Actors Brad Pitt and Diane Keaton were among those who urged the Los Angeles County Board of Supervisors this week to approve $117.5 million in funding for the redesign of the Los Angeles County Museum of Art.
The board unanimously approved the funding—which follows an earlier payment of $7.5 million—along with $300 million in bond financing to support the project. The board’s support will be more than matched by $525 million in private money raised by the museum.
Pitt and Keaton both praised architect Peter Zumthor’s single-story design, which will be built across and above Wilshire Boulevard.
Pitt called him “one of the great architects of our time … (who) builds from the soul, for the soul.”
Keaton noted the many prestigious awards Zumthor has won.
“If you were an actor, that would mean that you had won 15 Academy Awards,” she said.
But critics of the plan accused LACMA Director Michael Govan of trying to shut down opponents.
Resident Oscar Pena called the process “autocratic and openly hostile to the public” and said the museum shouldn’t be saddled with millions of dollars in bond debt.
Others complained that the redesign of four aging buildings reduces the exhibit space, which Govan countered by saying that earlier construction of the Broad Contemporary Art Museum building and the Resnick Pavilion added 100,000 of gallery space.
After the redesign, LACMA will boast a total 220,000 square feet of exhibit space.
“For me, that is the right size for LACMA,” Govan told the board.
Los Angeles Times art critic Christopher Knight published an open letter to the supervisors urging them not to support the redesign. Citing an interview with The Times in which Govan put the cost at about $1,873 per square foot, Knight said the cost was a gross overpayment and $500 per square foot too high. He also said the design doesn’t allow for expansion and would limit the museum’s ability to appropriately reflect the diverse cultures that make up Los Angeles.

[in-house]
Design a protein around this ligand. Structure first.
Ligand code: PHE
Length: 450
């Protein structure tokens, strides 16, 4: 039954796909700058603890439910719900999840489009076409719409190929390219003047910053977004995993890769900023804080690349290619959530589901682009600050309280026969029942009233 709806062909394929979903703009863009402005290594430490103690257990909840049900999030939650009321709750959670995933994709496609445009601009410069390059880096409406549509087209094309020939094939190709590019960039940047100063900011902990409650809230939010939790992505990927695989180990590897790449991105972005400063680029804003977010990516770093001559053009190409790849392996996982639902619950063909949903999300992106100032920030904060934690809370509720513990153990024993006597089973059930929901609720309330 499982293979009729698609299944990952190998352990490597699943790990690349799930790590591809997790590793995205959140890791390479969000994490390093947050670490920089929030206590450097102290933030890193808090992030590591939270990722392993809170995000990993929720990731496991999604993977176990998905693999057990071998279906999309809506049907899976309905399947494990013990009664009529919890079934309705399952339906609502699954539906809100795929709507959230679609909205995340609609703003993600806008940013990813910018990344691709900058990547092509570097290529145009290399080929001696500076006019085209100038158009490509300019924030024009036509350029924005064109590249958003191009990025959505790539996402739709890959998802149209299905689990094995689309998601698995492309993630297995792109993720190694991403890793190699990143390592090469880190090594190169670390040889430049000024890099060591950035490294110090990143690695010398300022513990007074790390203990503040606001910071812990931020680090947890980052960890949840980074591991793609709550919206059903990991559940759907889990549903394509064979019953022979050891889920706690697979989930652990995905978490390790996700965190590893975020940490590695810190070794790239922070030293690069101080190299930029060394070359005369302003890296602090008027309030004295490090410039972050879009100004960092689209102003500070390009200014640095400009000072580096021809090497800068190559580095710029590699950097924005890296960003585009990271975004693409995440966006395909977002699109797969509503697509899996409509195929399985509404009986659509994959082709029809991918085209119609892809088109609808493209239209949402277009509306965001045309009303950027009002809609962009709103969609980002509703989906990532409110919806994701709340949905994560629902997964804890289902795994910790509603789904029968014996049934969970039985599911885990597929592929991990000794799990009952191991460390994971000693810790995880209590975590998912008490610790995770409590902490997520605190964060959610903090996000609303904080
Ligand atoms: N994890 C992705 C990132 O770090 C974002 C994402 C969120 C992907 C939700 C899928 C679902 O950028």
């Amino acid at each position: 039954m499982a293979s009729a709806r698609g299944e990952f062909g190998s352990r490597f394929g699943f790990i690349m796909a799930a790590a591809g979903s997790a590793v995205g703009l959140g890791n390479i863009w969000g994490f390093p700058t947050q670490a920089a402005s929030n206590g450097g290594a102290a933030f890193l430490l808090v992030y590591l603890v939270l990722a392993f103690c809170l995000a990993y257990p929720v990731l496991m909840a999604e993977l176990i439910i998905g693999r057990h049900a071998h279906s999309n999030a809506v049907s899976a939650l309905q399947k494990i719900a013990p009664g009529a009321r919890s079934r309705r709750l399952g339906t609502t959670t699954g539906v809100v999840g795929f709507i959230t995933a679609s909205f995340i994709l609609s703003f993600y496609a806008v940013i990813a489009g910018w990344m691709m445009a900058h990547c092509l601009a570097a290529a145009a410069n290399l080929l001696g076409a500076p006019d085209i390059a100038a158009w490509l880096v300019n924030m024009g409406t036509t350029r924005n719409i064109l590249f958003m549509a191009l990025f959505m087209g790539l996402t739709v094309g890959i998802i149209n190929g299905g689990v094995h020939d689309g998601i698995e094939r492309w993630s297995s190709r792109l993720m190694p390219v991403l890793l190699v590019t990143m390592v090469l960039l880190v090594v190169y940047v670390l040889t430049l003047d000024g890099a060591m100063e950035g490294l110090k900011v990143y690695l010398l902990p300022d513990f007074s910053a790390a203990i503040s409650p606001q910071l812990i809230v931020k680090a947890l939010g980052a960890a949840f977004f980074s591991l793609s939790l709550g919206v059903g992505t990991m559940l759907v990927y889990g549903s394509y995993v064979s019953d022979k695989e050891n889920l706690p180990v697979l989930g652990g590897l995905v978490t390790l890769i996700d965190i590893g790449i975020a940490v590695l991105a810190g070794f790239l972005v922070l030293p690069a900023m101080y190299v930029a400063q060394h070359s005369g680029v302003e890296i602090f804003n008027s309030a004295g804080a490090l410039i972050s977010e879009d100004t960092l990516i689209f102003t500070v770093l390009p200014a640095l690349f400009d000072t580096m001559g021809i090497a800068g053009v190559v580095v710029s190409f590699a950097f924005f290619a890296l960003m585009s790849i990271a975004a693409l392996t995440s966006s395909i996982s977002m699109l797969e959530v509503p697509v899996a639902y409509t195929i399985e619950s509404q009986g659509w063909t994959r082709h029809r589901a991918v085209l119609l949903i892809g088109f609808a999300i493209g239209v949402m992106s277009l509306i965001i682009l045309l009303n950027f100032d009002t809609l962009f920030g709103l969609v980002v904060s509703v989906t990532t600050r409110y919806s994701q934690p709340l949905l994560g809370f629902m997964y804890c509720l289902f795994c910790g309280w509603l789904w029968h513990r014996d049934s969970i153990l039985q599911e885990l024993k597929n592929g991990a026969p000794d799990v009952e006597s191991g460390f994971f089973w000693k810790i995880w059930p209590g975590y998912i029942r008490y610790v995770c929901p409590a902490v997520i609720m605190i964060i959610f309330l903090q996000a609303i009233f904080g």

Govan told the board that the cost of the building is about $1,400 per square foot.
The total project cost is $650 million, which includes parking and other infrastructure costs that may not be included in that square footage calculation.
As for the design, “I think it’s visionary and I think it anticipates the future of our museum,” Govan said.
It would have cost $250 million just to restore the four buildings, which led the county to agree years ago to pay half that amount.
Though the board’s vote was unanimous, Supervisor Sheila Kuehl went out of her way to say she liked the design and wasn’t at all reluctant to offer her support, implying that some of her colleagues were not as enthusiastic.
Kuehl said she believes Govan and his administration are “devoted” to expanding access to the arts and serving the diverse cultural needs of residents countywide.